Good People

I’ve always tried to not ascribe to cliches,  and I usually roll my eyes when people say them and spend the rest of the conversation retweeting Nietzsche.  Well, that’s what I would do if I had a smart phone and if improv hadn’t made me a better person. Guys and gals, improv making people better at empathizing with the human condition is a cliche I can super get behind. I almost never write about what I spend a majority of my free time doing, so I thought I’d give it a go.

Improv made me realize we, as humans, are all pretty weak in the listening department. I’m not just talking hearing words, but also feeling them via body language, eye contact and subtle inflection. Listening is asking a friend if they are stretched too thin because you noticed they’ve been drinking a lot of Red Bull. That might sound creepier than it is, but truly listening and empathizing with people is a beautiful thing because it shows that you genuinely care and are actively trying to understand and support the people in the world around you. It’s also an act of just being present.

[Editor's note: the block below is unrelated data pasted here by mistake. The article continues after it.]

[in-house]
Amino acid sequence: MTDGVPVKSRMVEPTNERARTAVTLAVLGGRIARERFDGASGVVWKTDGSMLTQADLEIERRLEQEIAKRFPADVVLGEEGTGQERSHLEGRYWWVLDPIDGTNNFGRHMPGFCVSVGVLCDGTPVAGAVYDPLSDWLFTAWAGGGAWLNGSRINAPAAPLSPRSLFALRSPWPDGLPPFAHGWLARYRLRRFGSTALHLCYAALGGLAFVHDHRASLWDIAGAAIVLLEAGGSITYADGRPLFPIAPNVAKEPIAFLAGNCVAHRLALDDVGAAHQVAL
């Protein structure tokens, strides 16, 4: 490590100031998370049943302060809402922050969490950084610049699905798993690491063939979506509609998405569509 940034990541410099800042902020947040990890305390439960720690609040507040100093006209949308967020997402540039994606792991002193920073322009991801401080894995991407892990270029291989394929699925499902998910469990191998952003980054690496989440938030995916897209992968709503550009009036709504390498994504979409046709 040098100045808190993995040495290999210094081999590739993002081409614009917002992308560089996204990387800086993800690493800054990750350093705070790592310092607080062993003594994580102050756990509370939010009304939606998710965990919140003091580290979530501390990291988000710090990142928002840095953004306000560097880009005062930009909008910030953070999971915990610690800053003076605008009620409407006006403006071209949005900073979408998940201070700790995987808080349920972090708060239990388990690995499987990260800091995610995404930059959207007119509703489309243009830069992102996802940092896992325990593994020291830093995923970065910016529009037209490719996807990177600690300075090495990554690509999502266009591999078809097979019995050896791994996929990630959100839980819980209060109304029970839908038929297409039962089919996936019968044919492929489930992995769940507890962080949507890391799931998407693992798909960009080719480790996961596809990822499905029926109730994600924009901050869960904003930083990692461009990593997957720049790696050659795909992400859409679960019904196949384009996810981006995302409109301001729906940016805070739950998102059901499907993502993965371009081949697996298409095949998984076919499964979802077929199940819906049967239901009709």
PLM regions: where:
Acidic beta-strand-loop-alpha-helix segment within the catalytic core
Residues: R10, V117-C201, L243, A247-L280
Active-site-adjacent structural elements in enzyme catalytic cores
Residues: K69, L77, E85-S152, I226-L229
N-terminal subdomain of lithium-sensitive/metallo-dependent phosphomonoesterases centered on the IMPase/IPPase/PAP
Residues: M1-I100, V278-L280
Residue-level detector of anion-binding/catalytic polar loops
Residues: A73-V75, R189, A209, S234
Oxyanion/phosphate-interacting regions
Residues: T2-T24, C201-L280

One of my go-tos in improv scenes is a hug because I feel like it shows the vulnerability of the characters we are playing. Plus, there is so much comedy in hugs. I did a scene with two hunchbacks who were tired of being rejected. Sad, but little is more funny than the tension the audience experiences when they are watching two severely hunched over players trying to hug and maintain their physicality. Can they do it? Yes, but it might be the most awkward hug you’ll ever see. That point being that Improv taught me to be so attuned with other people that I know when a completely made up character needs a hug, which really helps you figure out when your real friends might need one with utmost accuracy.